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Ann Am Thorac Soc. 2019 May;16(5):563-571. doi: 10.1513/AnnalsATS.201810-701OC.

Adult Asthma among Workers in Ontario. Results from the Occupational Disease Surveillance System.

Author information

1
1 Occupational Cancer Research Centre and.
2
2 Dalla Lana School of Public Health and.
3
4 Division of Occupational Medicine, Department of Medicine, University of Toronto, Toronto, Ontario, Canada.
4
3 Division of Occupational Medicine, Department of Medicine and Centre for Urban Health Solutions, Li Ka Shing Knowledge Institute, St. Michael's Hospital, Toronto, Ontario, Canada; and.
5
5 School of Population and Public Health, University of British Columbia, Vancouver, British Columbia, Canada.
6
6 Population Health and Prevention, Cancer Care Ontario, Toronto, Ontario, Canada.

Abstract

Rationale: Given that approximately 15% of new-onset adult asthma cases originate because of exposures in the workplace, there is a need for systematic and ongoing monitoring of risk among workers. Objectives: To characterize the risk of new-onset adult asthma among workers in Ontario. Methods: We used 575,379 provincial accepted time-loss workers' compensation claimants data linked to physician billing data. Workers aged 15 to 65 years with a nonasthma compensation claim between January 1, 2002, and December 31, 2013, were eligible for inclusion. Cohort entry corresponded to the date of the claim. The case definition required two or more records for asthma within a 12-month period, within a 3-year time window after cohort entry. A 3-year washout period preceding cohort entry was used to exclude prevalent cases. Workers at risk of new-onset adult asthma were followed from cohort entry date to date of diagnosis, emigration, age 65 years, death, or end of study period. Cox regression models were used to generate birth year- and sex-adjusted hazard ratios (HRs) by occupation, industry, and exposures identified using a job exposure matrix. Sex-stratified risk estimates were also generated. Results: Increased risks were detected among well-recognized groups, including bakers (HR, 1.60; 95% confidence interval [CI], 1.22-2.09) and painters and decorators (HR, 1.67; 95% CI, 1.23-2.28). In the job exposure matrix analysis, flour and isocyanates were associated with increased risk of asthma. Concrete finishers (HR, 1.93; 95% CI, 1.12-3.32) and shipping and receiving clerks (HR, 1.21; 95% CI, 1.03-1.43) also showed elevated risk, whereas results varied across woodworker groups. Decreased risks were detected for nursing and farming groups. Conclusions: This practical data linkage approach was successful for examining associations across hundreds of jobs. Unexpected and previously unrecognized findings deserve further investigation and emphasize the importance of an ongoing system to guide research as well as prevention.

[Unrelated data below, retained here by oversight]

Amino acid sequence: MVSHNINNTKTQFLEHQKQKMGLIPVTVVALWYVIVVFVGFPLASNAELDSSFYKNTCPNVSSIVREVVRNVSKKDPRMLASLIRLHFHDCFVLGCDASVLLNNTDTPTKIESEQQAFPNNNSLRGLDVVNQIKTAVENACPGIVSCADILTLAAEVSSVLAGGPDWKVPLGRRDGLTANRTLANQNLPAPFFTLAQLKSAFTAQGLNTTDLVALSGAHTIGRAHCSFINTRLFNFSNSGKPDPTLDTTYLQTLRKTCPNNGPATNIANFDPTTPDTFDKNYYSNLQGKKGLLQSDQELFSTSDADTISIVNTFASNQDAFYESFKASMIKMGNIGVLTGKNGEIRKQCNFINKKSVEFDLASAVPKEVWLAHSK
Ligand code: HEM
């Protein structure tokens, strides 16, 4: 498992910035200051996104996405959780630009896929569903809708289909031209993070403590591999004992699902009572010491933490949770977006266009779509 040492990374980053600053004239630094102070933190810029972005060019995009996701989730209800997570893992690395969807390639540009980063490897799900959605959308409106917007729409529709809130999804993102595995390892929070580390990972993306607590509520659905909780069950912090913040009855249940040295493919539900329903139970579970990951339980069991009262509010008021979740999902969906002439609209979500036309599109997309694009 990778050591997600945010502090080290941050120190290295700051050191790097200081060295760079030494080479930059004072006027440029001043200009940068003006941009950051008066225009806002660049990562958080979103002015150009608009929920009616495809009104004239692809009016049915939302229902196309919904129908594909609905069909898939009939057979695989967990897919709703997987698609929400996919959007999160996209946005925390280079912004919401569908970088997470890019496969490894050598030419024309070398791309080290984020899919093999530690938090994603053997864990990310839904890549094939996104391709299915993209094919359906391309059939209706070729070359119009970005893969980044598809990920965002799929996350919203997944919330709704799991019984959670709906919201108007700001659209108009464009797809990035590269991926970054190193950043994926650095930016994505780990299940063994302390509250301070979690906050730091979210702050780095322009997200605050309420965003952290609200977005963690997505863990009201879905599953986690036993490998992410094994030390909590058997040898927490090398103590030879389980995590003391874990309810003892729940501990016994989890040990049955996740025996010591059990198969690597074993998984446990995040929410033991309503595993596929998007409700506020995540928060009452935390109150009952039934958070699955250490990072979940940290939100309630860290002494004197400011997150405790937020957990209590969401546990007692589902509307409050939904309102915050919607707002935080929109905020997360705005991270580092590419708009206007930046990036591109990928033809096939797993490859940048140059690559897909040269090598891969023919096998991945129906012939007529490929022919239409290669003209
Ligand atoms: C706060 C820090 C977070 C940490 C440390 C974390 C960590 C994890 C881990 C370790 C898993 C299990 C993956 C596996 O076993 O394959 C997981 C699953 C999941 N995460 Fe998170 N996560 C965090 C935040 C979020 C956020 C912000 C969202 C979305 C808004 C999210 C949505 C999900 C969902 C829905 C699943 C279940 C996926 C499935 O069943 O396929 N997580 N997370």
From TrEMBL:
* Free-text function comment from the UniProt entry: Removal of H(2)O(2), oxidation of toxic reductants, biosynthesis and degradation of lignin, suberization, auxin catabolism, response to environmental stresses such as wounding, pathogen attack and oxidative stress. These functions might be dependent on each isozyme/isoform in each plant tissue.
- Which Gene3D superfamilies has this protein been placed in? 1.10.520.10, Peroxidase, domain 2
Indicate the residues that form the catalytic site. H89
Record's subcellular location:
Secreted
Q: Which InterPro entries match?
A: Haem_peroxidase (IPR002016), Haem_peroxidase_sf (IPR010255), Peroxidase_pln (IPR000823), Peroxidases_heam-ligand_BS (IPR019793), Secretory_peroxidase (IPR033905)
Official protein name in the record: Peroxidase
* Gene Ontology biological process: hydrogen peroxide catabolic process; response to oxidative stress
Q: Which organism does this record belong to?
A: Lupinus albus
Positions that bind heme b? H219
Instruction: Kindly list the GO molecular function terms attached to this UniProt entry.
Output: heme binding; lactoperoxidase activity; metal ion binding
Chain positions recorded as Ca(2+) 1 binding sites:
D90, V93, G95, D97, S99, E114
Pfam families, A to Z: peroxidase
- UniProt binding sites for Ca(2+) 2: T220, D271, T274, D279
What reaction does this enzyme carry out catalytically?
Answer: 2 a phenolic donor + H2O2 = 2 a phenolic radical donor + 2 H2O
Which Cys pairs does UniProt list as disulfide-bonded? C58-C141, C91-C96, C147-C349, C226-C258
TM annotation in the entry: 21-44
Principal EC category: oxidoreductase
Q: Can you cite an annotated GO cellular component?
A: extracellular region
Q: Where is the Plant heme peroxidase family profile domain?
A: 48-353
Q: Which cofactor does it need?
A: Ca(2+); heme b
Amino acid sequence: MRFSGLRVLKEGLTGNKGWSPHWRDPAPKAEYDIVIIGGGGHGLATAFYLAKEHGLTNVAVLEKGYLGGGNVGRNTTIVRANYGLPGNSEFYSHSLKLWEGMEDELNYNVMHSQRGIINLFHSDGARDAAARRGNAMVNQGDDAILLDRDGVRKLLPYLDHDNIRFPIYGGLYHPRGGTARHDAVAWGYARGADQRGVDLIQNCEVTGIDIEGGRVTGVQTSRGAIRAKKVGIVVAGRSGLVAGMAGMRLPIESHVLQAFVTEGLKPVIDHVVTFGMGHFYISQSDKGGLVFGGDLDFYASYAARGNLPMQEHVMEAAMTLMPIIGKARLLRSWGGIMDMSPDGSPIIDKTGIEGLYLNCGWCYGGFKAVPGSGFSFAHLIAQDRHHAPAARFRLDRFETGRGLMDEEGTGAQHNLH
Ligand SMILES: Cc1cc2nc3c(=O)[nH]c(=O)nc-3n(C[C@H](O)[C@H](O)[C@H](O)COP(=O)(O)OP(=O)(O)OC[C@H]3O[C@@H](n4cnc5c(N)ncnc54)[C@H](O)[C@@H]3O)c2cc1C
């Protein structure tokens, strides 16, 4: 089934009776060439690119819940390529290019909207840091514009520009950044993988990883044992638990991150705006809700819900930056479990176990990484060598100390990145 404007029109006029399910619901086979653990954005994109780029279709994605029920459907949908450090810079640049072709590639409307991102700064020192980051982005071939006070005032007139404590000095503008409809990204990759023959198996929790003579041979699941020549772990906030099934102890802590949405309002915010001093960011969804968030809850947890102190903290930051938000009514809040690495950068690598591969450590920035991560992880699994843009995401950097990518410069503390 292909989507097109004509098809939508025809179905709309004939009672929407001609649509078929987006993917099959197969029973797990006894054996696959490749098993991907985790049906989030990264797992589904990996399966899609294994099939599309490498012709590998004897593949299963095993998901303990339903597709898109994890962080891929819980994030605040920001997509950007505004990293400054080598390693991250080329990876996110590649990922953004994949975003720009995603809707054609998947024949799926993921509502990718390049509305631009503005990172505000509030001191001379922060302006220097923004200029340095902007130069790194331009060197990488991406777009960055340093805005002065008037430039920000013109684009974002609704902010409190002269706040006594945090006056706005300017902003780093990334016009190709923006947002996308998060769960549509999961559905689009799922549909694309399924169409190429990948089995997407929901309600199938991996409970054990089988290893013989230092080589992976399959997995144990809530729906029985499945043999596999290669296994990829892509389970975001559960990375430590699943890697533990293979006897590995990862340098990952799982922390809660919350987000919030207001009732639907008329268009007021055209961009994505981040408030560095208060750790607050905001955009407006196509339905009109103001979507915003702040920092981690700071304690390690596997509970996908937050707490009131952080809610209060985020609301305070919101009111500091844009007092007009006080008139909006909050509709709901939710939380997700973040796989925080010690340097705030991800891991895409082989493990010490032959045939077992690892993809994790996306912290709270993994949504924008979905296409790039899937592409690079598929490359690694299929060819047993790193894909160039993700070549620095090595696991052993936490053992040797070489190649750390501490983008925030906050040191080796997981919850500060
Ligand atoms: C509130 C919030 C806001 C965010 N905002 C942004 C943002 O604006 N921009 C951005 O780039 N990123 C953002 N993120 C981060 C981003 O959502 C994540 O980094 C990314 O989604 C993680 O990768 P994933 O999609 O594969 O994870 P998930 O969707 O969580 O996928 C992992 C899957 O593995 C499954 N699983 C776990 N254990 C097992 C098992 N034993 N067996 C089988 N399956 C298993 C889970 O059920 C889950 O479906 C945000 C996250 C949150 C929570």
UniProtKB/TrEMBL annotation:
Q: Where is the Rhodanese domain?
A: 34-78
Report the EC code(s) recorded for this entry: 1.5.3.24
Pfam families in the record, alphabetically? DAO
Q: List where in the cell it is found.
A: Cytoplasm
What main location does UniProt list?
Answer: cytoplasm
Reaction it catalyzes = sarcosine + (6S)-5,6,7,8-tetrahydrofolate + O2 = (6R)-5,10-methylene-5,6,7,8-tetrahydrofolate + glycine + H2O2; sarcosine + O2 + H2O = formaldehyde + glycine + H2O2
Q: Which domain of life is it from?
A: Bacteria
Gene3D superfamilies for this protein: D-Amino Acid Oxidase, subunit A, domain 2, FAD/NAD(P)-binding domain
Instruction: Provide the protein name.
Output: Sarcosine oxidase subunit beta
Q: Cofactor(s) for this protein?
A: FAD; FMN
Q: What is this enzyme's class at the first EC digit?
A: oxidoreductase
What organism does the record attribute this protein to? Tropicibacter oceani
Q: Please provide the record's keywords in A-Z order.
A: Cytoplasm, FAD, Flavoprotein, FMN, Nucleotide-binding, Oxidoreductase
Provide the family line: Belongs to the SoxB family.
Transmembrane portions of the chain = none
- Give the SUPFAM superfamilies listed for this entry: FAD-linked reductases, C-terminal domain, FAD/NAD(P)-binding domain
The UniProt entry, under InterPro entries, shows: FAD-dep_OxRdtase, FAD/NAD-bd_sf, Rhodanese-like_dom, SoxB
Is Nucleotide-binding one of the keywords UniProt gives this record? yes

KEYWORDS:

administrative databases; cohort; data linkage

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